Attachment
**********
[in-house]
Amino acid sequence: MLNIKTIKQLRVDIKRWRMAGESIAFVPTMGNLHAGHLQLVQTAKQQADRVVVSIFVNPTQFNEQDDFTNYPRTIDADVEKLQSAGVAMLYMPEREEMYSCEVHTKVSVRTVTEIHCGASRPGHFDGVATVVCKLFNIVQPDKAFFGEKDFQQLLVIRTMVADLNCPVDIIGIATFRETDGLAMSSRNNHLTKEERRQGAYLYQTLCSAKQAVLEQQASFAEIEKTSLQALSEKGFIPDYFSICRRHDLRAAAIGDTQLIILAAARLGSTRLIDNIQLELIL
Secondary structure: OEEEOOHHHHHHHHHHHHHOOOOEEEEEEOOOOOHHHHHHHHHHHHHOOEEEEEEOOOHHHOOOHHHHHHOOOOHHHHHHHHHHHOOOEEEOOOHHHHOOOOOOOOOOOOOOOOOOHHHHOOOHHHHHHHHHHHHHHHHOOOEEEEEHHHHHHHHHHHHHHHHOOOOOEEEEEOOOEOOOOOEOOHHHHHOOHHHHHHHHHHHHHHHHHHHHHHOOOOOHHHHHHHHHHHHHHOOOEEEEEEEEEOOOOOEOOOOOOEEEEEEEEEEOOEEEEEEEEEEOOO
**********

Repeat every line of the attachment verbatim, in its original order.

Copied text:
[in-house]
Amino acid sequence: MLNIKTIKQLRVDIKRWRMAGESIAFVPTMGNLHAGHLQLVQTAKQQADRVVVSIFVNPTQFNEQDDFTNYPRTIDADVEKLQSAGVAMLYMPEREEMYSCEVHTKVSVRTVTEIHCGASRPGHFDGVATVVCKLFNIVQPDKAFFGEKDFQQLLVIRTMVADLNCPVDIIGIATFRETDGLAMSSRNNHLTKEERRQGAYLYQTLCSAKQAVLEQQASFAEIEKTSLQALSEKGFIPDYFSICRRHDLRAAAIGDTQLIILAAARLGSTRLIDNIQLELIL
Secondary structure: OEEEOOHHHHHHHHHHHHHOOOOEEEEEEOOOOOHHHHHHHHHHHHHOOEEEEEEOOOHHHOOOHHHHHHOOOOHHHHHHHHHHHOOOEEEOOOHHHHOOOOOOOOOOOOOOOOOOHHHHOOOHHHHHHHHHHHHHHHHOOOEEEEEHHHHHHHHHHHHHHHHOOOOOEEEEEOOOEOOOOOEOOHHHHHOOHHHHHHHHHHHHHHHHHHHHHHOOOOOHHHHHHHHHHHHHHOOOEEEEEEEEEOOOOOEOOOOOOEEEEEEEEEEOOEEEEEEEEEEOOO